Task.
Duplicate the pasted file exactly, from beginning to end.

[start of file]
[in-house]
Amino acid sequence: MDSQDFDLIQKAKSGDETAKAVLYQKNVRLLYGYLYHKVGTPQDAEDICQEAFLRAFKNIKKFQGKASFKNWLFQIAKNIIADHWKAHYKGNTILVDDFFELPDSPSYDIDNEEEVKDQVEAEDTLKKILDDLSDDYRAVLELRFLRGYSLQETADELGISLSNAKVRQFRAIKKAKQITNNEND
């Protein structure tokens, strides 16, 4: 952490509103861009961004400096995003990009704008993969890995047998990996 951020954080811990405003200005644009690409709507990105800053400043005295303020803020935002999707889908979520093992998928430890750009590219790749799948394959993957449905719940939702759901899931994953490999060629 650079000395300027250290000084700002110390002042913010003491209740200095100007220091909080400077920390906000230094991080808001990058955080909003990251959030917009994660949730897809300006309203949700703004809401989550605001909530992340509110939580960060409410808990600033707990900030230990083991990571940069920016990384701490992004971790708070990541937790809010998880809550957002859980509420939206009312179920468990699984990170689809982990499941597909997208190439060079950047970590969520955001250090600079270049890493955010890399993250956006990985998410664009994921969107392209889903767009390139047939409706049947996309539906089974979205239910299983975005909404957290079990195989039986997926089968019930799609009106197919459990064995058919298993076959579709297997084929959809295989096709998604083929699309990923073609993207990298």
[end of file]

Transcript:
[in-house]
Amino acid sequence: MDSQDFDLIQKAKSGDETAKAVLYQKNVRLLYGYLYHKVGTPQDAEDICQEAFLRAFKNIKKFQGKASFKNWLFQIAKNIIADHWKAHYKGNTILVDDFFELPDSPSYDIDNEEEVKDQVEAEDTLKKILDDLSDDYRAVLELRFLRGYSLQETADELGISLSNAKVRQFRAIKKAKQITNNEND
């Protein structure tokens, strides 16, 4: 952490509103861009961004400096995003990009704008993969890995047998990996 951020954080811990405003200005644009690409709507990105800053400043005295303020803020935002999707889908979520093992998928430890750009590219790749799948394959993957449905719940939702759901899931994953490999060629 650079000395300027250290000084700002110390002042913010003491209740200095100007220091909080400077920390906000230094991080808001990058955080909003990251959030917009994660949730897809300006309203949700703004809401989550605001909530992340509110939580960060409410808990600033707990900030230990083991990571940069920016990384701490992004971790708070990541937790809010998880809550957002859980509420939206009312179920468990699984990170689809982990499941597909997208190439060079950047970590969520955001250090600079270049890493955010890399993250956006990985998410664009994921969107392209889903767009390139047939409706049947996309539906089974979205239910299983975005909404957290079990195989039986997926089968019930799609009106197919459990064995058919298993076959579709297997084929959809295989096709998604083929699309990923073609993207990298």